Now it's been several years since I wrote my most "personal" story about a coffee country that "doesn't let go." That is, about Colombia.



This story is also interesting in that it is not finished, that is, much of what is described there - and still continues and develops, often in very unexpected ways. And following this - willy-nilly you are surprised and feel involved. That is, Colombia is not something that psychologically "does not let go." Everything is much more serious. In addition to "psychologically" - there is also "physically". And "physically" Zhenya Slyudikova, one of the heroines of that story - Colombia "did not let go" so much that she remained there forever. After our meeting in 2011, Zhenya returned to Colombia, then lived in Russia for several years, working in television. But when the propaganda psychosis began to grow and "overscale" in 2014 - she left there, and lived in Israel, then in Colombia, then accompanying tourists to various American countries. Restrictions during the covid epidemic found her in Israel. Apparently she was bored there. Or maybe, after everything she had experienced in the Amazonia, she sincerely believed in her lucky star. So in the fall of 2020, just a few weeks before the start of vaccination in Israel, Zhenya flew to Colombia, where she said Cartagena was to become her home. At the end of May 2021, in Cartagena she fell ill wth covid. And it was Cartagena, now forever,  became her last home. So, then (2011) motto of Colombia: “Colombia. The only risk is wanting to stay ”- in 2021 it turned out to be somewhat prophetic, although at that time this risk was not yet known.

But do not lose optimism. Life goes on. And new characters have appeared in this story. Like this one. Carlos Escobar is the son of a bankrupt Colombian coffee farmer who went to work in Australia. There, Carlos became the champion of coffee brewing and this year at the World Brewers Championships in Milan he made it to the finals and took 4th place.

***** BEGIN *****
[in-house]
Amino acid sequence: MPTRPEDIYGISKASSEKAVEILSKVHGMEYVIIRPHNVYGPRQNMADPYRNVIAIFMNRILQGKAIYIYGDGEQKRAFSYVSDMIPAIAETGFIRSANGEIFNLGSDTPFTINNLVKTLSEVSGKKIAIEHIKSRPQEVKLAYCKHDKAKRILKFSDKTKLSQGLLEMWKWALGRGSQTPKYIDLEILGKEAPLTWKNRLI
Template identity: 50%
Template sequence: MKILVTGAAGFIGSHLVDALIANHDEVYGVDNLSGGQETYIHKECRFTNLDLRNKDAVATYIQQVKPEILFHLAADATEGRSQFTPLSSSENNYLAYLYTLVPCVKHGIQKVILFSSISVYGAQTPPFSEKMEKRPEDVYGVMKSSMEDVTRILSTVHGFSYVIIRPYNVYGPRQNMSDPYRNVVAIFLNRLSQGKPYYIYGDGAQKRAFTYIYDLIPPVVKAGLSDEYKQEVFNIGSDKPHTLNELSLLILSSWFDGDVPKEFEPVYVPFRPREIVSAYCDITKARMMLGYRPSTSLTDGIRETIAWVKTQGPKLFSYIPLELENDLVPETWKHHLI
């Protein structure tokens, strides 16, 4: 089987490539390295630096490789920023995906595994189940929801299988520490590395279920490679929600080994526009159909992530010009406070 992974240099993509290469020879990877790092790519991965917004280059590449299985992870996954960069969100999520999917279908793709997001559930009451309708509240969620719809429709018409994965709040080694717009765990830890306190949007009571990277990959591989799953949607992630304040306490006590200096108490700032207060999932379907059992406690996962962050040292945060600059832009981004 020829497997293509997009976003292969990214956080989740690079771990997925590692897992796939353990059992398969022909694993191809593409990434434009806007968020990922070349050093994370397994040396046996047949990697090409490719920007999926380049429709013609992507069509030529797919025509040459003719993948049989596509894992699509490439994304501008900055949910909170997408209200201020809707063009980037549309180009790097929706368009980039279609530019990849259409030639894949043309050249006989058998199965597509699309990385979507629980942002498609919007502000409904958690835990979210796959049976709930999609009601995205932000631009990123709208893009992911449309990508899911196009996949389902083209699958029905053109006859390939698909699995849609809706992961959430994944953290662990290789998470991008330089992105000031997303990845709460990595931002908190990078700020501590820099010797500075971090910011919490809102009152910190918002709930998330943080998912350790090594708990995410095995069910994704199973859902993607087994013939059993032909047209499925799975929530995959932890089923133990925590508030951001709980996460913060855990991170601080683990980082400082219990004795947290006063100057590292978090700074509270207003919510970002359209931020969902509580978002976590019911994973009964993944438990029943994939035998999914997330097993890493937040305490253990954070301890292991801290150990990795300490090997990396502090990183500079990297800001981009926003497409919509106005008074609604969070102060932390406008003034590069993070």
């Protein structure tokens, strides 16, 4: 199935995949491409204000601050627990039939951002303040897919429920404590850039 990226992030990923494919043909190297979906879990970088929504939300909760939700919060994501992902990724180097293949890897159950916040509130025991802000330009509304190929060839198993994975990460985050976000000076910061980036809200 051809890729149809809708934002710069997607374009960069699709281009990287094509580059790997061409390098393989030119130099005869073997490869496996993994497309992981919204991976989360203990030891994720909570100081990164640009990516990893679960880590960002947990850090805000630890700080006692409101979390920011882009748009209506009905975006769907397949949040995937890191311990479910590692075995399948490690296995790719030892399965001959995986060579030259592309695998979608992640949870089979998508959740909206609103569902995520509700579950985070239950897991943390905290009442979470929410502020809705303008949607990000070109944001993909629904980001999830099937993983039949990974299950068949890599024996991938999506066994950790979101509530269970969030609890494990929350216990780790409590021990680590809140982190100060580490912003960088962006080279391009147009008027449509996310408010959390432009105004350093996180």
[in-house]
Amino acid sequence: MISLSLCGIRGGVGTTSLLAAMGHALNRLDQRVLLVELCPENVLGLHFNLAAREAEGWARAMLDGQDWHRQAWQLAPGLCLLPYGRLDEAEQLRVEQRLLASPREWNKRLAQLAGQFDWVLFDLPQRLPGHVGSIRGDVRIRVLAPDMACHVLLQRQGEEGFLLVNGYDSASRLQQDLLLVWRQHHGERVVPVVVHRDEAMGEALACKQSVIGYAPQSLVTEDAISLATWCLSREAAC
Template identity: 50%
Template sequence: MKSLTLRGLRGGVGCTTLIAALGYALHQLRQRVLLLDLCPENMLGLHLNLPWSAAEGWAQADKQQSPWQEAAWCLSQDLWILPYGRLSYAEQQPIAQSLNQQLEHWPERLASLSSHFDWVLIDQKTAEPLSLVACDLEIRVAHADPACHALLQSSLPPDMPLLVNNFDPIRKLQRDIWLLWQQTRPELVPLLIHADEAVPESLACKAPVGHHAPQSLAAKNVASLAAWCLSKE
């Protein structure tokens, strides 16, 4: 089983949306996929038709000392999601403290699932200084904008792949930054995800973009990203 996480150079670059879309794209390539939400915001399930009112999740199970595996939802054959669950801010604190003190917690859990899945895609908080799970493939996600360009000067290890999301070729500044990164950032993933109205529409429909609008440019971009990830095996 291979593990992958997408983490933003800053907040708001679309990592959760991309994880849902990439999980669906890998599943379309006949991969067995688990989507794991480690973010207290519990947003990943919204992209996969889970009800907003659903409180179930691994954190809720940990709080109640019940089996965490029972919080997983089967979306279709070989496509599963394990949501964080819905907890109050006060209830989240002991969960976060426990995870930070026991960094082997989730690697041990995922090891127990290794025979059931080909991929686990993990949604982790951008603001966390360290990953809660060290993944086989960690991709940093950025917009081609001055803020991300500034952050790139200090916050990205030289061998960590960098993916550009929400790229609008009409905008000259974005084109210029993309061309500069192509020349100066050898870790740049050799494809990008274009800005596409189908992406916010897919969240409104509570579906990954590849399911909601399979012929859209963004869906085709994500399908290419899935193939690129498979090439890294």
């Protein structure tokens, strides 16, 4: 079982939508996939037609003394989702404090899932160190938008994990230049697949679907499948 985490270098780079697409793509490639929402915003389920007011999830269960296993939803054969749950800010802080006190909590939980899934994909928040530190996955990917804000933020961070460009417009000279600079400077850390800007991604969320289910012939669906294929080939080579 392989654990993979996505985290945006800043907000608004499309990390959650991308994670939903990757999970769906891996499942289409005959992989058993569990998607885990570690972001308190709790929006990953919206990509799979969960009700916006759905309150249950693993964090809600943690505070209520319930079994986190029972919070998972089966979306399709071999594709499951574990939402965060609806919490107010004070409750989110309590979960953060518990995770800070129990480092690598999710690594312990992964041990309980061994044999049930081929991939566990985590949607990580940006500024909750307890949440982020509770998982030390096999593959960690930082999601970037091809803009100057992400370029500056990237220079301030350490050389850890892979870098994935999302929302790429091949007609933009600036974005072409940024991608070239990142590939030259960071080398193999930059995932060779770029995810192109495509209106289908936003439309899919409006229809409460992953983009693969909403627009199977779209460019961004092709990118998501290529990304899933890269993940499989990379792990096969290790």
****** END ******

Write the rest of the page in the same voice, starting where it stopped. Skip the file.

If you speak English - listen to his speech. It's just a masterpiece, in terms of the art of storytelling. I thought this art was already lost. Nowadays, people rarely tell stories, because no one listens to anyone - everyone stumbled upon smartphones and TVs. And this has been usual for a long time. Karen Blixen wrote in her novel "Out of Africa": “I thought I could be a prominent figure in the plague in Florence. But times have changed and the art of listening to stories is lost in Europe. But the locals in Africa, who can't read, haven't lost it yet; and only when you say to them the words: "Once upon a time there was a man, once he was walking on the plain and met another man," you will immediately attract attention, their imagination will run in the footsteps of that unknown man on the plain. But white people can't listen to someone's story unless they feel obligated to do so. As soon as they don't start spinning, they instantly remember that they didn't have time to do something urgent, or they just swear. The same people who have just asked you to read aloud can immediately sit down and read something else, or even the same thing you read to them. They are used to perceiving impressions with their eyes. "


Just imagine if this Carlos Escobar told the story about the life of Luis Veles  (I wrote about him in the article I mentioned at the beginning). There I did not mentioned that Luis himself competed in barista championships. Back in 2001, he competed at the World Barista Championship. He did not become a champion then, but he had a dream - that someone from Colombia should become a world champion. I understand why Louis decided so. After all, anyone who has ever seen endless coffee plantations on the slopes of the Cordillera over the Magdalena Valley – can`t imagine that anyone other than Colombian could be the Coffee World Champion.